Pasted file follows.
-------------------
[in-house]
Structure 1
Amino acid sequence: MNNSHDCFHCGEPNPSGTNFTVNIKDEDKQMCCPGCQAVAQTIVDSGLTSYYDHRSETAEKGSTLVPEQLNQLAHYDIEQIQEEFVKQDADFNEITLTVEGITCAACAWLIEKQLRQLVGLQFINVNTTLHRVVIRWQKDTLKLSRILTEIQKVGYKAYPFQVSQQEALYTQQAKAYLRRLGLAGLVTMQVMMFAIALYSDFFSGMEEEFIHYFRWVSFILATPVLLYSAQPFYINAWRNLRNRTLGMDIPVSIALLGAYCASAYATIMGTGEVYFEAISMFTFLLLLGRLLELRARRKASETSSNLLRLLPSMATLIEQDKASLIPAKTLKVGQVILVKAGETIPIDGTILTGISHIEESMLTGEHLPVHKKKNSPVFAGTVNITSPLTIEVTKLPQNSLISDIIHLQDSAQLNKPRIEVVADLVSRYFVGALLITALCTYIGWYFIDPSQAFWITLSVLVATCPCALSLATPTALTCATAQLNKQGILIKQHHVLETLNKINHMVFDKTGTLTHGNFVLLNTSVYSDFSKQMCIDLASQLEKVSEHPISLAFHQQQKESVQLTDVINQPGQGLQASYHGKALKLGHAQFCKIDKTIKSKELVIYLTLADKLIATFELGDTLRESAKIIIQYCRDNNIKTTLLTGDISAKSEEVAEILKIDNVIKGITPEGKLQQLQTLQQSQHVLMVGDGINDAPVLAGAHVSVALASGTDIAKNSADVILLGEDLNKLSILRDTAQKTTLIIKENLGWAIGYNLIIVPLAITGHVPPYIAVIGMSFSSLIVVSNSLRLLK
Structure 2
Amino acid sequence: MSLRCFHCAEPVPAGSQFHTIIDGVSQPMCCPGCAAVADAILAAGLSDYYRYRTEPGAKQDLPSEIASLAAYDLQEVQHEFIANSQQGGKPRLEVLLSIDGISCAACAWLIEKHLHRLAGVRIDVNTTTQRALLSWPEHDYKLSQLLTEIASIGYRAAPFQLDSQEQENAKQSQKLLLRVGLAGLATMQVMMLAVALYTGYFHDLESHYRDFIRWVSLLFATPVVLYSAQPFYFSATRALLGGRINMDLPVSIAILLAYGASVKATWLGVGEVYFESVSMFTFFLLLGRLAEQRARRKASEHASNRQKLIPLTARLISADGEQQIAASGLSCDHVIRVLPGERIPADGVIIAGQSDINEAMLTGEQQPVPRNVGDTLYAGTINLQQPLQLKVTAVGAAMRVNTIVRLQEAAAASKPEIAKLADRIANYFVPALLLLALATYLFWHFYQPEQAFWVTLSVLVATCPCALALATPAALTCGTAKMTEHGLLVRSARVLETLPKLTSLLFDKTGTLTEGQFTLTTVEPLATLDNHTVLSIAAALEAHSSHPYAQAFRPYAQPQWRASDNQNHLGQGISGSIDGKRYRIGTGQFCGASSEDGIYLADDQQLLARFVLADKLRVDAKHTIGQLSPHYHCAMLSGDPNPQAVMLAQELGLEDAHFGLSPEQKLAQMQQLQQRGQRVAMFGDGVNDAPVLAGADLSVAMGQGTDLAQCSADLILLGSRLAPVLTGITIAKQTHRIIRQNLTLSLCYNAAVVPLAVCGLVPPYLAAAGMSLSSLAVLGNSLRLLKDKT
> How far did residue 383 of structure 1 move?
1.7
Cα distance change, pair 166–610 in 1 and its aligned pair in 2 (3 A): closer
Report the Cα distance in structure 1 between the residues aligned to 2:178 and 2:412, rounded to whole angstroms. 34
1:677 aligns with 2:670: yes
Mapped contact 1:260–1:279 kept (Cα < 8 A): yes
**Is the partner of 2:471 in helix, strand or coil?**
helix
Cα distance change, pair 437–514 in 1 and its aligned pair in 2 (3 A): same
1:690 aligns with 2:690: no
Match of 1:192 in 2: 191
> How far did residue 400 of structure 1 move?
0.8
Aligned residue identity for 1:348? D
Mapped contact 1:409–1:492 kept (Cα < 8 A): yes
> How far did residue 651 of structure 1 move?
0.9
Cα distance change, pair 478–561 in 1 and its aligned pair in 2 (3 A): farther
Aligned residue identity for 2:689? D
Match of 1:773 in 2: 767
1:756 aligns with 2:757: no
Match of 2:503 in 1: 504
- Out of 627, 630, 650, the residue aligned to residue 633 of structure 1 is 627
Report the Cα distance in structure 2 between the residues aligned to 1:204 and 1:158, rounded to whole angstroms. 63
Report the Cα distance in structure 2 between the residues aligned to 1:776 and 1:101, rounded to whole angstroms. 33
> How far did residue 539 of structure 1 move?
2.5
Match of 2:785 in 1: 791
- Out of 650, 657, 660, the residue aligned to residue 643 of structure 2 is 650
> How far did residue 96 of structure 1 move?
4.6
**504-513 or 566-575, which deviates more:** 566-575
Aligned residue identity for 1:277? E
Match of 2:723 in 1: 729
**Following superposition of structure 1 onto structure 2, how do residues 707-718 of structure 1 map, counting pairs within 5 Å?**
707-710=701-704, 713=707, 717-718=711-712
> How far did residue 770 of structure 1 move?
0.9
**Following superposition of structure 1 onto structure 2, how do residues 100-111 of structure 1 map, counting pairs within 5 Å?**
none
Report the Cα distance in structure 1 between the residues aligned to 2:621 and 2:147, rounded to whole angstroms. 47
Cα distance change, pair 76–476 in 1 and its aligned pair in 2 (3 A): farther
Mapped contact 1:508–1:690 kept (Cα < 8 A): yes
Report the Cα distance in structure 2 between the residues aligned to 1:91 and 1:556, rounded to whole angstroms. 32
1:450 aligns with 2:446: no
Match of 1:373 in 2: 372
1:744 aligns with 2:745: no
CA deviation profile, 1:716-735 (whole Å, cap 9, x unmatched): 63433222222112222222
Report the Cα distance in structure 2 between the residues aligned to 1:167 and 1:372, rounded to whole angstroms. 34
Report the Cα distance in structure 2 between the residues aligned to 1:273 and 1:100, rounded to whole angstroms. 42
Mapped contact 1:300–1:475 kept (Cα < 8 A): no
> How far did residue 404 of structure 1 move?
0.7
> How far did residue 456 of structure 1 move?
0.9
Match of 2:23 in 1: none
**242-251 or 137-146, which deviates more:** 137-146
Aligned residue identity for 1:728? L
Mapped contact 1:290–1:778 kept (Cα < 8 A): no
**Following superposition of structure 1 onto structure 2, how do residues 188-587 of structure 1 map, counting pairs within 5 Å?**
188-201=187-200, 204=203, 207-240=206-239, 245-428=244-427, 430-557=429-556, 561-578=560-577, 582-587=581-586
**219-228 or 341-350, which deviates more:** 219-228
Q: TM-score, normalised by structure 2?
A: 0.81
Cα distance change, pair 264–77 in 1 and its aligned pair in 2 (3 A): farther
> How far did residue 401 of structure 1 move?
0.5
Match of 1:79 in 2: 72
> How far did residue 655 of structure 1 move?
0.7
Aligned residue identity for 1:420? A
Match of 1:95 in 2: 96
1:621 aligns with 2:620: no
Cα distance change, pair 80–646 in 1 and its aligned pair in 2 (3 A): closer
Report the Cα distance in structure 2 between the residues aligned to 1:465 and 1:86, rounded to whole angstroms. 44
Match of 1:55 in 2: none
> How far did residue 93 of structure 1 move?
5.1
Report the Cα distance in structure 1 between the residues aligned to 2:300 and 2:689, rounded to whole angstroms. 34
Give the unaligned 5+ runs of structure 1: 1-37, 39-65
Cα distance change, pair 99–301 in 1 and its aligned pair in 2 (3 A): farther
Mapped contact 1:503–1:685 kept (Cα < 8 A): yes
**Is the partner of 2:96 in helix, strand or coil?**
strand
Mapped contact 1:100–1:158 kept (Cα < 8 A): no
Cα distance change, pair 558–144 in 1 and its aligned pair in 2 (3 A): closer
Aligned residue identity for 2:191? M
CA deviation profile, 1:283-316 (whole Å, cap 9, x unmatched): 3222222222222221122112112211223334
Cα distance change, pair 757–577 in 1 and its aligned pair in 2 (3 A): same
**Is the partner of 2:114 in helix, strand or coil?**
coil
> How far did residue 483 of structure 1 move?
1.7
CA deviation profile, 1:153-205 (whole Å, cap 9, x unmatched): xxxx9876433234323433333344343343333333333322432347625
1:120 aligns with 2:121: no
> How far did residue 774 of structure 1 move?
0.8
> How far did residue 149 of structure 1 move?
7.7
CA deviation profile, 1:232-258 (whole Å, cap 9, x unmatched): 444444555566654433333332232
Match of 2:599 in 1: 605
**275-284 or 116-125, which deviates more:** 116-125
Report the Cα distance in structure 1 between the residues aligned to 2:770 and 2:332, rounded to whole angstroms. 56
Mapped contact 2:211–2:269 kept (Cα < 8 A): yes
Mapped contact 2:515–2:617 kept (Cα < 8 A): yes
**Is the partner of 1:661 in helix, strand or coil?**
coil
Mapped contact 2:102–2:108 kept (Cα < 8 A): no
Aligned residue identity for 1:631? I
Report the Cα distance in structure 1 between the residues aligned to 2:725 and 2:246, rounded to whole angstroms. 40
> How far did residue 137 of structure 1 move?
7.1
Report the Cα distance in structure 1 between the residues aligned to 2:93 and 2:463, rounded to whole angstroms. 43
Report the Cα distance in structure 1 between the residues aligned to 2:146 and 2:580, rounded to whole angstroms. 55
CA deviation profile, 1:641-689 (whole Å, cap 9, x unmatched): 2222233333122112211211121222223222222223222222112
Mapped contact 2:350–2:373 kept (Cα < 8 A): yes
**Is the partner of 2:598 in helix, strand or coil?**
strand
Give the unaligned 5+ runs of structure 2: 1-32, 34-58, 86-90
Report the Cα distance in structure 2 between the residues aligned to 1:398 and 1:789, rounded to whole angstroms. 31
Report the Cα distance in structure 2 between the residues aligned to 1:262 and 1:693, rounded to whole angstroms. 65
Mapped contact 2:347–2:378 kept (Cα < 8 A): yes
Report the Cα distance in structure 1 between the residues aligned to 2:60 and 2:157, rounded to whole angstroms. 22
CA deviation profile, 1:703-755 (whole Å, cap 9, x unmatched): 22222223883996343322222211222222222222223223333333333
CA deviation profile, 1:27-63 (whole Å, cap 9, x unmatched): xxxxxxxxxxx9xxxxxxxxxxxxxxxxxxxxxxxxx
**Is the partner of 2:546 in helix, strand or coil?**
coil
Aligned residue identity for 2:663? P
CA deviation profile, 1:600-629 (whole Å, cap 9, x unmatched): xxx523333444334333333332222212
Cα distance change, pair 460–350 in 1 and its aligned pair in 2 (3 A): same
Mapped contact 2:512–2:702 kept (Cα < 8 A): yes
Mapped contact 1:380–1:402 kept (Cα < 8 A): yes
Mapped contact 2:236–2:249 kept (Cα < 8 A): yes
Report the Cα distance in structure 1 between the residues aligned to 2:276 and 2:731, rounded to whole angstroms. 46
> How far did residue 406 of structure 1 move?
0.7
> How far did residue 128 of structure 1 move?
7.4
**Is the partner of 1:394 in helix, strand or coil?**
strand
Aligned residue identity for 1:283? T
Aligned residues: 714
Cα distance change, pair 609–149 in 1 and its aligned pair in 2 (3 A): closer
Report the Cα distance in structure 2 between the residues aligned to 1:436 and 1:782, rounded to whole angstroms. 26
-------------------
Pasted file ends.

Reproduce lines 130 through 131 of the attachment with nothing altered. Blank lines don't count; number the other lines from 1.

CA deviation profile, 1:27-63 (whole Å, cap 9, x unmatched): xxxxxxxxxxx9xxxxxxxxxxxxxxxxxxxxxxxxx
**Is the partner of 2:546 in helix, strand or coil?**